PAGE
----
Spring Tigers offers up angular pop rock. Their self-titled debut EP is out now! WE LANDED ON THE MOON Catchy, danceable rock fronted by female vocals and driven by synth. Farm 255 11 p.m. FREE! GABRIEL KELLEY Whether solo or with his backing band, Gabriel Kelley Zorbanos (ex-Gabriel Young) plays heartfelt acoustic folk music informed by rustic country and Appalachian sounds. Flicker Theatre & Bar 11:30 p.m. FREE! flickerbar SONGWRITER SHOWCASE Featuring solo acoustic performances by local musicians: Phillip Westmoreland, Joe Orr, Coy King, Lee Markey and Mr. Guppyfin. Go Bar 10 p.m. BANG UTOT Featuring a fresh lineup and a sound that has only been described as “styrofoam music” as opposed to “paper cup music,” which is apparently what the band used to be. EUREKA CALIFORNIA Local indie band influenced by American indie that sounds like British indie influenced by American indie. CD Release show. LA SNACKS Tuneful indie rock from Austin. TRANSMOGRAPHY Abstract rhythms and instrumental freak-outs. WEREWOLVES Local band featuring quirky lo-fi rock with bright, bouncy flourishes. La Fiesta on Hawthorne Noon–2 p.m. FREE! 706-548-4261 KEVIN FLEMING Spanish and Latin guitar, every Wednesday during lunch. The Melting Point 8:30 p.m. SOLD OUT! AMY RAY’S ROCK SHOW The acclaimed Indigo Girl trades in her acoustic guitar for a Les Paul for an electrified solo set featuring tracks off her new album Didn’t It Feel Kinder. See story on p. 17. BRANDI CARLILE Melodic folk-pop charmer Brandi Carlile recently released her third album, Give Up the Ghost. New Earth Music Hall 11 p.m. ARCHNEMESIS Side project from the electronic dub/jam act Telepath. AZ-IZ Adrian Zelski of DubConscious spins world/dub/dance. FLIGHT RISK New side project from members of DubConscious. No Where Bar 10 p.m. $2. 706-546-4742 NATHAN SHEPPARD The local acoustic guitarist-harmonicist is known for his emotive singing style and his modern reworkings of classic tunes, from Dylan to Van Morrison. The Office Lounge 9:30 p.m. FREE! 706-549-0840 KARAOKE Every Wednesday with Lynn! Rye Bar 10 p.m. PATRICK ATWATER Original and cover tunes, all intertwined with live looping and drum & bass grooves. FUNKY FIASCO Jam band that incorporates trumpet and saxophone for a driving and energetic sound.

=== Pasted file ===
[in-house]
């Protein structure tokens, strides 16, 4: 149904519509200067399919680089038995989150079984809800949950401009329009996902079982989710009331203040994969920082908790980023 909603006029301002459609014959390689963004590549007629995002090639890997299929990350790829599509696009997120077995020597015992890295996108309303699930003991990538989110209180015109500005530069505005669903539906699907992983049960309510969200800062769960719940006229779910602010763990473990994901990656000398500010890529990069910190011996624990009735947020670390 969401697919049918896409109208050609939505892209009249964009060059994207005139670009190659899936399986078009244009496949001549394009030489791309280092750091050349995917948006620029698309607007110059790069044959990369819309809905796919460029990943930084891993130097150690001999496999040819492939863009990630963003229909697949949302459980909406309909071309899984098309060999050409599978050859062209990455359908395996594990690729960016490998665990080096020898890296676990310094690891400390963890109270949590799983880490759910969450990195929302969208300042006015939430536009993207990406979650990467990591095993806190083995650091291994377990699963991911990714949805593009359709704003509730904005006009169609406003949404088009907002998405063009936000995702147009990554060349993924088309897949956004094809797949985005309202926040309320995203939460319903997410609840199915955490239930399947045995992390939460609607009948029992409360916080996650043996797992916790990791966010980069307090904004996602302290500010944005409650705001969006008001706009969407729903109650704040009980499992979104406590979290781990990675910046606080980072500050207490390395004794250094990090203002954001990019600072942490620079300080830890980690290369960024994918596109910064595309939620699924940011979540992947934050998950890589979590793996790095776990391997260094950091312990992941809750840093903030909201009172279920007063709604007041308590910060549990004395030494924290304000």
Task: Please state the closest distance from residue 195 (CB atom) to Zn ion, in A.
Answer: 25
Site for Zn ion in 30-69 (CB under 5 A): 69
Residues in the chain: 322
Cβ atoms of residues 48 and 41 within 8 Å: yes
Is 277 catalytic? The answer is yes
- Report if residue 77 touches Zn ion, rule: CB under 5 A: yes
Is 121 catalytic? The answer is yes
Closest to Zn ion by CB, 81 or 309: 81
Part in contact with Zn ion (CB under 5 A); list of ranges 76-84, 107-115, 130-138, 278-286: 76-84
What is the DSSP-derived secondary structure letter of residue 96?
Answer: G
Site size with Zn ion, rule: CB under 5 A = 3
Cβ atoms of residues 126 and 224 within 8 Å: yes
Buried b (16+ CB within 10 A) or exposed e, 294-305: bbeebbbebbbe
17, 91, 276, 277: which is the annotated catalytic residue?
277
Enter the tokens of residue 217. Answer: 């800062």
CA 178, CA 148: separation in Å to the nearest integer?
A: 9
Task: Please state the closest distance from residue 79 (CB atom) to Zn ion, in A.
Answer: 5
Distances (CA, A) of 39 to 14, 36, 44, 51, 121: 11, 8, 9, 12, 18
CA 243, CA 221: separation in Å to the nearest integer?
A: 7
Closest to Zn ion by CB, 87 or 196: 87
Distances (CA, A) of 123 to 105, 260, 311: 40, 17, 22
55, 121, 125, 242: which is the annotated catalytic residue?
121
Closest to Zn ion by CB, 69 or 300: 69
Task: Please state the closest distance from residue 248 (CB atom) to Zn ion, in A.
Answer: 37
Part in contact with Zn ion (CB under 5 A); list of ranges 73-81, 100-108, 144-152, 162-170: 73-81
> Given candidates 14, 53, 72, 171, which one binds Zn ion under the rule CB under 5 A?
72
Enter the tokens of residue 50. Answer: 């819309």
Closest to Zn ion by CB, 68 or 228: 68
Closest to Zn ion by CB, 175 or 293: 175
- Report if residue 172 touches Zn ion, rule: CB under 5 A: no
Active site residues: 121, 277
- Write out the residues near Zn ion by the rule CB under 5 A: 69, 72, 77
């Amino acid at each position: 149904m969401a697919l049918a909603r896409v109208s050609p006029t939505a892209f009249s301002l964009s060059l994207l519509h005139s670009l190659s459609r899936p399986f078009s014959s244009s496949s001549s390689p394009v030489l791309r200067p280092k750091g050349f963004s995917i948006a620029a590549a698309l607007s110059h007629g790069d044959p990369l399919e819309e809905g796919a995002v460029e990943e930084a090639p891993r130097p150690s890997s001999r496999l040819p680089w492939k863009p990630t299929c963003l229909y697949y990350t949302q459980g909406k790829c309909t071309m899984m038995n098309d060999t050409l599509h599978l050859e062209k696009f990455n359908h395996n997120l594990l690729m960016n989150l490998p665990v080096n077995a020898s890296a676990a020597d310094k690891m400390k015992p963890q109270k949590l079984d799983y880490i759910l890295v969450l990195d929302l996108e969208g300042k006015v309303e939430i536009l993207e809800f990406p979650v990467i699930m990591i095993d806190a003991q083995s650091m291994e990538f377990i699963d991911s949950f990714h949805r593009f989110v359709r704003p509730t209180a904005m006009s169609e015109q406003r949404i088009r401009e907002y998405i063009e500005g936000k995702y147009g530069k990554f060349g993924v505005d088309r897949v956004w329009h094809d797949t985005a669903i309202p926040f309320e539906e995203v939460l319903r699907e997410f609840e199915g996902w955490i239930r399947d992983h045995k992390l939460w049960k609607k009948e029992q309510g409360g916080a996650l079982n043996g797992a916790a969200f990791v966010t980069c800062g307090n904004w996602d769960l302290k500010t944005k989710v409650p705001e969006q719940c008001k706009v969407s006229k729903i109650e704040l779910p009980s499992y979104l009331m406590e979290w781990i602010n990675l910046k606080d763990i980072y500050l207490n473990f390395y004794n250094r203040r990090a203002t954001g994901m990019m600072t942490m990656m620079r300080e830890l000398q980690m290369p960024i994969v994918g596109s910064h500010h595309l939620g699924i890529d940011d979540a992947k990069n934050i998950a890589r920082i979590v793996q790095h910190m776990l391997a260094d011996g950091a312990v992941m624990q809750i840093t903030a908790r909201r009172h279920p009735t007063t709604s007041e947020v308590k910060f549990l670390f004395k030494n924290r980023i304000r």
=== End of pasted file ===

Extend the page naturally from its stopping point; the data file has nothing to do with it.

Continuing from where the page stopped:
Terrapin Beer Co. 5 p.m. CELL FEHRENBACH Acoustic folk that is hard-hitting, emotional and often funny.

TUE. FEB. 23

Thursday 18 40 Watt Club 8:30 p.m. $11 (adv.). AKRON/FAMILY Experimental folk-rock band known for using improvisation and three-part harmonies along with psychedelic and electronic elements. WARPAINT Low-key folky music with a psychedelic bend.

WED. FEB. 24

WED. FEB. 17